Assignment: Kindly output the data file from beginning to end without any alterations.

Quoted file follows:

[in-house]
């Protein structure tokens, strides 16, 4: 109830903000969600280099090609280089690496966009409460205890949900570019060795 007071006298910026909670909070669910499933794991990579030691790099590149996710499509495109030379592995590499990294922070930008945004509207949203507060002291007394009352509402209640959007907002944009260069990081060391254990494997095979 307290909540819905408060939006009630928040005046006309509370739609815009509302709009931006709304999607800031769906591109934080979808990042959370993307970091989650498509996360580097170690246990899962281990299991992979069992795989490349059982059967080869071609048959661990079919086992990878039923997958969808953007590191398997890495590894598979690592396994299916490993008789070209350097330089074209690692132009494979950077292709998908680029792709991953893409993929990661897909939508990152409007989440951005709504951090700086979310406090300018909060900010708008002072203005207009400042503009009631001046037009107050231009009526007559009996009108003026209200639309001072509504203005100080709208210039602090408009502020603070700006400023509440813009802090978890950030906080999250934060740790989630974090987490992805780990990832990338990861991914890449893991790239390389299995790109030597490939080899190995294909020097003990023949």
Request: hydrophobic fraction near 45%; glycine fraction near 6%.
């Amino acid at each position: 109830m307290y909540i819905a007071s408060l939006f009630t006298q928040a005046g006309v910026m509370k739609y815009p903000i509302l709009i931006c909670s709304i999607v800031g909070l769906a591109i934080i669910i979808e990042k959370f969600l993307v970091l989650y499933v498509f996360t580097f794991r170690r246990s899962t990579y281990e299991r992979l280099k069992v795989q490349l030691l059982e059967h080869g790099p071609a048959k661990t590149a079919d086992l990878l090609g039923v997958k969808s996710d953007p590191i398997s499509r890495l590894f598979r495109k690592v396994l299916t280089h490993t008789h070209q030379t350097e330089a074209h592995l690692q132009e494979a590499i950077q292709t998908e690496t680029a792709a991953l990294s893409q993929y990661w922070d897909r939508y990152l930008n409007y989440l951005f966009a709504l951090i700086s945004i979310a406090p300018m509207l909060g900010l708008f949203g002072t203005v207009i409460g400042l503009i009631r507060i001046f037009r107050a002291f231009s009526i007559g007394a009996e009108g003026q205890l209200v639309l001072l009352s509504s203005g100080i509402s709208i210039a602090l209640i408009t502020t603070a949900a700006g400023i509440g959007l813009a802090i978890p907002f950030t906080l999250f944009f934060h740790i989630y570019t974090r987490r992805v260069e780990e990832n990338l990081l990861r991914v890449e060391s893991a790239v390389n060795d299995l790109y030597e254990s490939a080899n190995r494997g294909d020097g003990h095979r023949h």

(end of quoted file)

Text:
[in-house]
């Protein structure tokens, strides 16, 4: 109830903000969600280099090609280089690496966009409460205890949900570019060795 007071006298910026909670909070669910499933794991990579030691790099590149996710499509495109030379592995590499990294922070930008945004509207949203507060002291007394009352509402209640959007907002944009260069990081060391254990494997095979 307290909540819905408060939006009630928040005046006309509370739609815009509302709009931006709304999607800031769906591109934080979808990042959370993307970091989650498509996360580097170690246990899962281990299991992979069992795989490349059982059967080869071609048959661990079919086992990878039923997958969808953007590191398997890495590894598979690592396994299916490993008789070209350097330089074209690692132009494979950077292709998908680029792709991953893409993929990661897909939508990152409007989440951005709504951090700086979310406090300018909060900010708008002072203005207009400042503009009631001046037009107050231009009526007559009996009108003026209200639309001072509504203005100080709208210039602090408009502020603070700006400023509440813009802090978890950030906080999250934060740790989630974090987490992805780990990832990338990861991914890449893991790239390389299995790109030597490939080899190995294909020097003990023949």
Request: hydrophobic fraction near 45%; glycine fraction near 6%.
């Amino acid at each position: 109830m307290y909540i819905a007071s408060l939006f009630t006298q928040a005046g006309v910026m509370k739609y815009p903000i509302l709009i931006c909670s709304i999607v800031g909070l769906a591109i934080i669910i979808e990042k959370f969600l993307v970091l989650y499933v498509f996360t580097f794991r170690r246990s899962t990579y281990e299991r992979l280099k069992v795989q490349l030691l059982e059967h080869g790099p071609a048959k661990t590149a079919d086992l990878l090609g039923v997958k969808s996710d953007p590191i398997s499509r890495l590894f598979r495109k690592v396994l299916t280089h490993t008789h070209q030379t350097e330089a074209h592995l690692q132009e494979a590499i950077q292709t998908e690496t680029a792709a991953l990294s893409q993929y990661w922070d897909r939508y990152l930008n409007y989440l951005f966009a709504l951090i700086s945004i979310a406090p300018m509207l909060g900010l708008f949203g002072t203005v207009i409460g400042l503009i009631r507060i001046f037009r107050a002291f231009s009526i007559g007394a009996e009108g003026q205890l209200v639309l001072l009352s509504s203005g100080i509402s709208i210039a602090l209640i408009t502020t603070a949900a700006g400023i509440g959007l813009a802090i978890p907002f950030t906080l999250f944009f934060h740790i989630y570019t974090r987490r992805v260069e780990e990832n990338l990081l990861r991914v890449e060391s893991a790239v390389n060795d299995l790109y030597e254990s490939a080899n190995r494997g294909d020097g003990h095979r023949h």